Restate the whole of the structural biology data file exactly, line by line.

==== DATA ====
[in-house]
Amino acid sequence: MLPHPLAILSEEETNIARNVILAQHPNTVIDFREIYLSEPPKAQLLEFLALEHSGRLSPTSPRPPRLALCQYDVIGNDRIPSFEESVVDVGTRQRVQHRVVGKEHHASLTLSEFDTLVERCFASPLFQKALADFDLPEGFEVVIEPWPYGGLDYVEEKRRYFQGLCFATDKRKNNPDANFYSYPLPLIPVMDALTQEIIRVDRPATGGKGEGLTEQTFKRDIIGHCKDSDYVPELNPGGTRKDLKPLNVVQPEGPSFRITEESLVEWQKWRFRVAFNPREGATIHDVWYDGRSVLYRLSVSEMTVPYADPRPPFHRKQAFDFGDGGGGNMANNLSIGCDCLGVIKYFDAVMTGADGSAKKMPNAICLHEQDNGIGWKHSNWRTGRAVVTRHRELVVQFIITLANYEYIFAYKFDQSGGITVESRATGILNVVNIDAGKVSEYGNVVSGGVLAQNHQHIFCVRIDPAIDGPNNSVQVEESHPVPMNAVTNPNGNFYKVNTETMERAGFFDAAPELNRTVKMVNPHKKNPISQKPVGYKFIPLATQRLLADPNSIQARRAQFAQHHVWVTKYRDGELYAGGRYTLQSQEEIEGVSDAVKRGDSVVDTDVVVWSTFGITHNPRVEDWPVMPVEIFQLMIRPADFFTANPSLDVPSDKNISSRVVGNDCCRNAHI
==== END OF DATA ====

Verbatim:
[in-house]
Amino acid sequence: MLPHPLAILSEEETNIARNVILAQHPNTVIDFREIYLSEPPKAQLLEFLALEHSGRLSPTSPRPPRLALCQYDVIGNDRIPSFEESVVDVGTRQRVQHRVVGKEHHASLTLSEFDTLVERCFASPLFQKALADFDLPEGFEVVIEPWPYGGLDYVEEKRRYFQGLCFATDKRKNNPDANFYSYPLPLIPVMDALTQEIIRVDRPATGGKGEGLTEQTFKRDIIGHCKDSDYVPELNPGGTRKDLKPLNVVQPEGPSFRITEESLVEWQKWRFRVAFNPREGATIHDVWYDGRSVLYRLSVSEMTVPYADPRPPFHRKQAFDFGDGGGGNMANNLSIGCDCLGVIKYFDAVMTGADGSAKKMPNAICLHEQDNGIGWKHSNWRTGRAVVTRHRELVVQFIITLANYEYIFAYKFDQSGGITVESRATGILNVVNIDAGKVSEYGNVVSGGVLAQNHQHIFCVRIDPAIDGPNNSVQVEESHPVPMNAVTNPNGNFYKVNTETMERAGFFDAAPELNRTVKMVNPHKKNPISQKPVGYKFIPLATQRLLADPNSIQARRAQFAQHHVWVTKYRDGELYAGGRYTLQSQEEIEGVSDAVKRGDSVVDTDVVVWSTFGITHNPRVEDWPVMPVEIFQLMIRPADFFTANPSLDVPSDKNISSRVVGNDCCRNAHI